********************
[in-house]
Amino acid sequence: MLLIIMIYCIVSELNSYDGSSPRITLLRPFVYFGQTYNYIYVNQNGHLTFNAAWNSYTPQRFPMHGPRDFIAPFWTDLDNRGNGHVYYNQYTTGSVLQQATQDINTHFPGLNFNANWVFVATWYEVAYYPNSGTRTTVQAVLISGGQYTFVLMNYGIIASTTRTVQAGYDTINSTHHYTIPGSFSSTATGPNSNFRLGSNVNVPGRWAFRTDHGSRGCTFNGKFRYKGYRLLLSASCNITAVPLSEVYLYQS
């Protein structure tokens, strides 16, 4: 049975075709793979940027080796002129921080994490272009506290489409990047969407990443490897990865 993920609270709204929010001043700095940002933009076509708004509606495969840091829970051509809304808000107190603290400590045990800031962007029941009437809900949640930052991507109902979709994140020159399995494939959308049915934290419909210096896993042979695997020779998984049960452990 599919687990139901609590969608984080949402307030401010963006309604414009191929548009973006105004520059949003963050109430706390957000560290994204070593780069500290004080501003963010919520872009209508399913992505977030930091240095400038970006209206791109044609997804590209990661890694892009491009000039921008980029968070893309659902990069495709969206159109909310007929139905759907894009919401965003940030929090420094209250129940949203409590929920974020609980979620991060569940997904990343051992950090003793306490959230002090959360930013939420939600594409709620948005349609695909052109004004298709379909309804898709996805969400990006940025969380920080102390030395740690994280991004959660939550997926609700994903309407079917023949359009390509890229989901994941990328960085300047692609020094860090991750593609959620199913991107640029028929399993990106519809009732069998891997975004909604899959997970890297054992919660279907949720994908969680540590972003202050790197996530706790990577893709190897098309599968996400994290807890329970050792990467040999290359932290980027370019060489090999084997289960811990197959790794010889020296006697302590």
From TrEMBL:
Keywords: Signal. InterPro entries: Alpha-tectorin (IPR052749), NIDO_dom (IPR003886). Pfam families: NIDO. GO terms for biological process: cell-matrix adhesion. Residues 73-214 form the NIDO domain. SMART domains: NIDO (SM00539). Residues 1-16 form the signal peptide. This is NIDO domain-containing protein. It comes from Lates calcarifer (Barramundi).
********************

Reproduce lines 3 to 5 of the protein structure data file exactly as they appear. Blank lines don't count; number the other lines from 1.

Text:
């Protein structure tokens, strides 16, 4: 049975075709793979940027080796002129921080994490272009506290489409990047969407990443490897990865 993920609270709204929010001043700095940002933009076509708004509606495969840091829970051509809304808000107190603290400590045990800031962007029941009437809900949640930052991507109902979709994140020159399995494939959308049915934290419909210096896993042979695997020779998984049960452990 599919687990139901609590969608984080949402307030401010963006309604414009191929548009973006105004520059949003963050109430706390957000560290994204070593780069500290004080501003963010919520872009209508399913992505977030930091240095400038970006209206791109044609997804590209990661890694892009491009000039921008980029968070893309659902990069495709969206159109909310007929139905759907894009919401965003940030929090420094209250129940949203409590929920974020609980979620991060569940997904990343051992950090003793306490959230002090959360930013939420939600594409709620948005349609695909052109004004298709379909309804898709996805969400990006940025969380920080102390030395740690994280991004959660939550997926609700994903309407079917023949359009390509890229989901994941990328960085300047692609020094860090991750593609959620199913991107640029028929399993990106519809009732069998891997975004909604899959997970890297054992919660279907949720994908969680540590972003202050790197996530706790990577893709190897098309599968996400994290807890329970050792990467040999290359932290980027370019060489090999084997289960811990197959790794010889020296006697302590």
From TrEMBL:
Keywords: Signal. InterPro entries: Alpha-tectorin (IPR052749), NIDO_dom (IPR003886). Pfam families: NIDO. GO terms for biological process: cell-matrix adhesion. Residues 73-214 form the NIDO domain. SMART domains: NIDO (SM00539). Residues 1-16 form the signal peptide. This is NIDO domain-containing protein. It comes from Lates calcarifer (Barramundi).